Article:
It’s such a tiny phrase. I’m not really sure when it popped up into our daily vernacular, but those three little words are driving me insane. Three tiny words that mean the person about to speak is fixing to sound like an asshole.
“You know what?”
Oh, it drives me crazy. “You know what?” With that snotty tone, or — worse — that furious brush-off that’s accompanied by a dismissive wave of the hand. “You know what?” means that somebody’s about to tell you to shut up in one way or another. “You know what?” means “You know nothing.” “You don’t matter.” “You suck.”
Online the equivalent is that snotty paragraph prelude “Um…?” or “Uh,” or even worse “IIRC,” which took two years for me to realize means “If I recall correctly,” which is an even snottier “Um” or “Uh…?” Why not just make an emoticon of the middle finger?
It’s everywhere. “You know what?” It’s all the time. People say it whenever they’ve made a decision, when they’re making a decision, when they’ve lost their point, when they’ve given up on something. “You know what? It doesn’t matter.” “You know what? I’ll have the salmon.”
“You know what?” Stop it.
I’m not alone, here. Do you say it? Are you aware of how often you use it? Do you know you sound like you hate the person you’re talking to? Do you do that little cock of the head and the squint of the eye, that superior lip purse before you quickly spit out those three words of assholitry?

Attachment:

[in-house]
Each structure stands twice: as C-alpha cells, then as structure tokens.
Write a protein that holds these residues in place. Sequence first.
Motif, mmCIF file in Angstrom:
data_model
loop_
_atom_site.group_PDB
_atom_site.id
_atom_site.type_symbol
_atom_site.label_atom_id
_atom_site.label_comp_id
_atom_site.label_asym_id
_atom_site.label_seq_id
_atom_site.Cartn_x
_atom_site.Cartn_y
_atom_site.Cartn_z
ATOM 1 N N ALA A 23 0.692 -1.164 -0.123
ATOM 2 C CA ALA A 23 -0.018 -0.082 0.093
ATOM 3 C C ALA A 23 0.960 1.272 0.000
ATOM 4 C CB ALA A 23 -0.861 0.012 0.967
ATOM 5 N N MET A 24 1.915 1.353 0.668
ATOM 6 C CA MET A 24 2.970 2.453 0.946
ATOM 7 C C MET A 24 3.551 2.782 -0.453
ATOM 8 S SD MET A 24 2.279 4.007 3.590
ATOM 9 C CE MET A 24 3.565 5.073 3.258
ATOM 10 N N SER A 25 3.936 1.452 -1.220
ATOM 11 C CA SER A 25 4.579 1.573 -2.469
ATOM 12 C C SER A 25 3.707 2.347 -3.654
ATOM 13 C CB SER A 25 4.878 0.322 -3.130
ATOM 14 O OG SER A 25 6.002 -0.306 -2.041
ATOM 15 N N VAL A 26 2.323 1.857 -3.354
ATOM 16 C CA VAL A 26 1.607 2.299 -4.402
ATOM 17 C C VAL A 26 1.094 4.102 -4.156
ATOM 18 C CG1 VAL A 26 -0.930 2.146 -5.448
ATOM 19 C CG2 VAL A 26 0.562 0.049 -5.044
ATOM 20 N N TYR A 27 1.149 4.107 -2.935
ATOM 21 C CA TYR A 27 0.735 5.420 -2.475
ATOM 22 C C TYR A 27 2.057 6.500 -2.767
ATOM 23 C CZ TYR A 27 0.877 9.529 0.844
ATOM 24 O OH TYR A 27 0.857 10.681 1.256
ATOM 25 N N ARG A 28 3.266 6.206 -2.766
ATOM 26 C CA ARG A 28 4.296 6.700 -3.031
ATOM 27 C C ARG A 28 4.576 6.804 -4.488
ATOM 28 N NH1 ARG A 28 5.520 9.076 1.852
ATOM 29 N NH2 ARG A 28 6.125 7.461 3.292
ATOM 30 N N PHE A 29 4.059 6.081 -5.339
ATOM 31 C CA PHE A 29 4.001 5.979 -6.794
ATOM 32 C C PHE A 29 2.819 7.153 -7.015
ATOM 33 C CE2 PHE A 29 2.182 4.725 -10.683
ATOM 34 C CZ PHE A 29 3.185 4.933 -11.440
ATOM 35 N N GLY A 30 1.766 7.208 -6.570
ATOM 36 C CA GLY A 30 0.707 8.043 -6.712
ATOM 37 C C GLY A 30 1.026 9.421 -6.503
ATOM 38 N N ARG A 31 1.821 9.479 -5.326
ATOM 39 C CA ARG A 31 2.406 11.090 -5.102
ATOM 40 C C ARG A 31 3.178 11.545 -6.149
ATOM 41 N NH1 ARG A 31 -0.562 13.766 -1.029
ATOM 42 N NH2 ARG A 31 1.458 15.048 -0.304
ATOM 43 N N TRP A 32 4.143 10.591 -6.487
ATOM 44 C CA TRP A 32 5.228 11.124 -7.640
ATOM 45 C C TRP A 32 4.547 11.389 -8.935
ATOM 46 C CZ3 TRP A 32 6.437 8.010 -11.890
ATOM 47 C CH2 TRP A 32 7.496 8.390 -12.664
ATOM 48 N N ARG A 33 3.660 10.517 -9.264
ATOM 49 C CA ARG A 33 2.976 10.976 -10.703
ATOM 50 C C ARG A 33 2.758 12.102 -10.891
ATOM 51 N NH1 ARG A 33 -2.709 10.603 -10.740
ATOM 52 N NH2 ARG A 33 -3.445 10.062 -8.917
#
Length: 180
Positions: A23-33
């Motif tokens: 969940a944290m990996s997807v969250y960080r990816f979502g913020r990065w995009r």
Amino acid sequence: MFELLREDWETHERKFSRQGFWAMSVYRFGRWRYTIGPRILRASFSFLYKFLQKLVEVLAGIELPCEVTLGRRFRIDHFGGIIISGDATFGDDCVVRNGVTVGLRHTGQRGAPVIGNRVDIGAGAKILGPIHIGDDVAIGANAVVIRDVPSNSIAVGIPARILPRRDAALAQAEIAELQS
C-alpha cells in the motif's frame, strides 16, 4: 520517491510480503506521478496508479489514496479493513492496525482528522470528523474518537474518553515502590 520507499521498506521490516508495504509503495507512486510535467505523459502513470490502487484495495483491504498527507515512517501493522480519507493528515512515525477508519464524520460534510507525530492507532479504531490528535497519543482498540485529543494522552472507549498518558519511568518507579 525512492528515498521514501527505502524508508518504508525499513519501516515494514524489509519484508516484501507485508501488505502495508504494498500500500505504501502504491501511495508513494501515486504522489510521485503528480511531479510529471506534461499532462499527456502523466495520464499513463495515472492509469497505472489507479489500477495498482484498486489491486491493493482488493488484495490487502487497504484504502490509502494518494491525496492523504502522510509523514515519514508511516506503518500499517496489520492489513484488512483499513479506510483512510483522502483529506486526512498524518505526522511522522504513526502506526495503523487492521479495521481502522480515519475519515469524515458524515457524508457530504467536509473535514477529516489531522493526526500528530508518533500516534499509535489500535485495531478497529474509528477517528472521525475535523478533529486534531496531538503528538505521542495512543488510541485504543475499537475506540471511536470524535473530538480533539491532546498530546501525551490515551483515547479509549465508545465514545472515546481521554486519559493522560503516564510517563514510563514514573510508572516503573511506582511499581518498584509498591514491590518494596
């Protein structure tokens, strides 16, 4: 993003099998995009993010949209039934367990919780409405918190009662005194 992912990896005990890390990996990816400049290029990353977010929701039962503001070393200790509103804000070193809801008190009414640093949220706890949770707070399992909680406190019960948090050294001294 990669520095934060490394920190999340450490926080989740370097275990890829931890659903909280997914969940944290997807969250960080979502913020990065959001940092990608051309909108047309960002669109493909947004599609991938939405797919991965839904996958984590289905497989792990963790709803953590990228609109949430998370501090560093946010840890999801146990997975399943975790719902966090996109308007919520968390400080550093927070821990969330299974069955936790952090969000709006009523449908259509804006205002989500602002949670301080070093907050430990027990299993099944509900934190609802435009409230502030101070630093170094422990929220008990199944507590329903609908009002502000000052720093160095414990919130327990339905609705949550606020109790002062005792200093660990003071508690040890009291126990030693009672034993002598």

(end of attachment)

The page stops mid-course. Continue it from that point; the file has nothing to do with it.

“You know what?”
It’s in movies, magazines, and every third minute of The Real World. Just about every other joke on Friends begins with those three words. I can hear them in a Ross accent, a Chandler accent, a Rachel accent and a Phoebe accent. Four different ways to read “You know what?” Four different ways to be a jerk-off.
Just listen one day and count how many times you hear that phrase. It’s getting to where I notice it all the time now. On the radio, during my friends’ conversations, on forums. Maybe I’m the only one who thinks it’s so damn rude.
On a completely different note, the other day a group of my friends were standing around doing impressions of each other, as comics are prone to do when approaching boredom. We were all making exaggerated postures of each other, mimicking our speech patterns and facial expressions. “I can do Pam,” Liz said. I’d never seen anyone do an impression of me, so I was interested.
Liz then made a smirk, leaned her head back and nodded, lowering her eyes until they were almost shut. “That’s funny,” she said, nodding. “That’s good.”
Then she opened her eyes and looked at me. “Yeah?” she asked, looking for approval. “Good, huh?” The other girls were giggling. “That is so Pam!” one shrieked.
Liz’s impression looked exactly like a face my father made whenever I got him to laugh. She had never met him. “That must be a good impression of me,” I told her. “Because that was a perfect impression of my dad.”
I’m really craving some Salt Lick. It happens once a month. You know what? Don’t judge me.
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